My bro Ravi made some OniGiri (Basically Japanese Rice balls) the other day and totally kicked my ass. I made some and they tasted good but was horrible looking and fell apart. His look like they are supposed to and he even did a nice presentation. By the way, the little white round thingies are pickled onions (cocktail onions). The sauces at the front that you can’t see very well are (left) Duck Sauce and (right) Hoisin sauce.
So I’ve decided on learning the Japanese language. I’ve actually been wanting to learn it for quite some time, just never had the motivation.
Recently I decided to go for it and learn Japanese. I found a nice resource on the net of some dude who went to a basic Japanese language course and noted what happened. This will allow people like me to see what should be done at different stages of learning. It’s very simple to find resources on the net to learn Japanese, use Google.
Anyway, I am currently practicing writing Hiragana. This takes time but is needed.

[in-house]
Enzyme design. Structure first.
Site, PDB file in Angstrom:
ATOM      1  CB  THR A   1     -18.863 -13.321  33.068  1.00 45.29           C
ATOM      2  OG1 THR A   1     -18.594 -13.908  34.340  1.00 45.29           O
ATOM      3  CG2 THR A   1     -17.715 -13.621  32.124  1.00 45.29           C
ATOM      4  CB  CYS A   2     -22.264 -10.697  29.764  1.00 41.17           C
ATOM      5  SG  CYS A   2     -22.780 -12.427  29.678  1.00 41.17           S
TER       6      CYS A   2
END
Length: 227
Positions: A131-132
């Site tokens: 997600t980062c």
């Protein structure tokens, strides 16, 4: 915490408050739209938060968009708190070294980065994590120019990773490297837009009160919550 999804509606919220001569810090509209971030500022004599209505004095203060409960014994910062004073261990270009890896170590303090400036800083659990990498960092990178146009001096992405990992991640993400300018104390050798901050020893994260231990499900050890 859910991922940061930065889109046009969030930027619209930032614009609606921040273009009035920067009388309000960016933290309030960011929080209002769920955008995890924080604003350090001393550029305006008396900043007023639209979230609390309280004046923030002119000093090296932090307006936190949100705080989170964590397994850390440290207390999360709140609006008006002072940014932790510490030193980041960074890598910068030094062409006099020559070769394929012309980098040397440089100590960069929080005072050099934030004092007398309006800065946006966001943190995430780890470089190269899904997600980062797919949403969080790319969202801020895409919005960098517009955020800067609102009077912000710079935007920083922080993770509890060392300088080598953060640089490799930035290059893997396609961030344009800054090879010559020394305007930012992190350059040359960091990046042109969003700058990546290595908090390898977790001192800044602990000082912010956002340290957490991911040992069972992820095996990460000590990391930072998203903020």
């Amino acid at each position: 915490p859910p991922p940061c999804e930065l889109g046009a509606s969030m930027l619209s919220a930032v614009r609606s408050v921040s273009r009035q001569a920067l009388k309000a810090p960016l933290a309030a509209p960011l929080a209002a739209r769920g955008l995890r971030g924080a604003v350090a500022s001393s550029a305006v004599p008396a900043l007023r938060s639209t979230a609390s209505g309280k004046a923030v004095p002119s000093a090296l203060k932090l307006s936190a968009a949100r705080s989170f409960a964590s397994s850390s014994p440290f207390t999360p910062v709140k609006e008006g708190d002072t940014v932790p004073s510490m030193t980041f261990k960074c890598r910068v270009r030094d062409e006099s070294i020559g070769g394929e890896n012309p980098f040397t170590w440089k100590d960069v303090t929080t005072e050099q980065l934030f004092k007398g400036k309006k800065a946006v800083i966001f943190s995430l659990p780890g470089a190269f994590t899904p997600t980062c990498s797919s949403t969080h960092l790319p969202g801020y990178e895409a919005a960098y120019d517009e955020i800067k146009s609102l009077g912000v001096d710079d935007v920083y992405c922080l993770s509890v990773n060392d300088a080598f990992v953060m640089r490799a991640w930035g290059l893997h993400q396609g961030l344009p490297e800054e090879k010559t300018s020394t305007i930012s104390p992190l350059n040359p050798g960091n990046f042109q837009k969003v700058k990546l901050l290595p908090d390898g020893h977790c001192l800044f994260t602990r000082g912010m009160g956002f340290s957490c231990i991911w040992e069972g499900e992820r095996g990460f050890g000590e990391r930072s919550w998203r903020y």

Yokosawa village is typical of the mountain communities of the Southern Alps in central Japan; most of which are situated in a setting of stunning natural beauty and inhabited by families who can trace their lineage into Japan’s distant past. However, like other mountain communities in this area, Yokosawa’s population is rapidly declining as young people move away to escape the perceived difficulties of rural life and to chase the glitter and dreams of urban Japan. After the old people are gone many homes are then left empty, often being abandoned by families who are unable to sell the property in a market with no buyers. Such homes slowly fall into disrepair or are abandoned altogether, often being reclaimed by nature and disappearing into the encroaching forest.
Visitors to Yokosawa will be charmed by the magical sense of peace and quiet which pervades the area, yet simultaneously unsettled by the notable absence of people. What I find most disturbing in such places is the conspicuous absence of children, from the empty playgrounds, abandoned school houses and even the laundry lines which carry only the shirts, pants and skirts of old men and old women. Farmers who have left the mountains and who reside in the city often complain that they miss the sounds of the hills: cascading water, the hum of insects and the warble of songbirds. However, those who remain in the countryside are more likely to lament the lost sound of human promise, which is carried best through the now absent voice and laughter of children.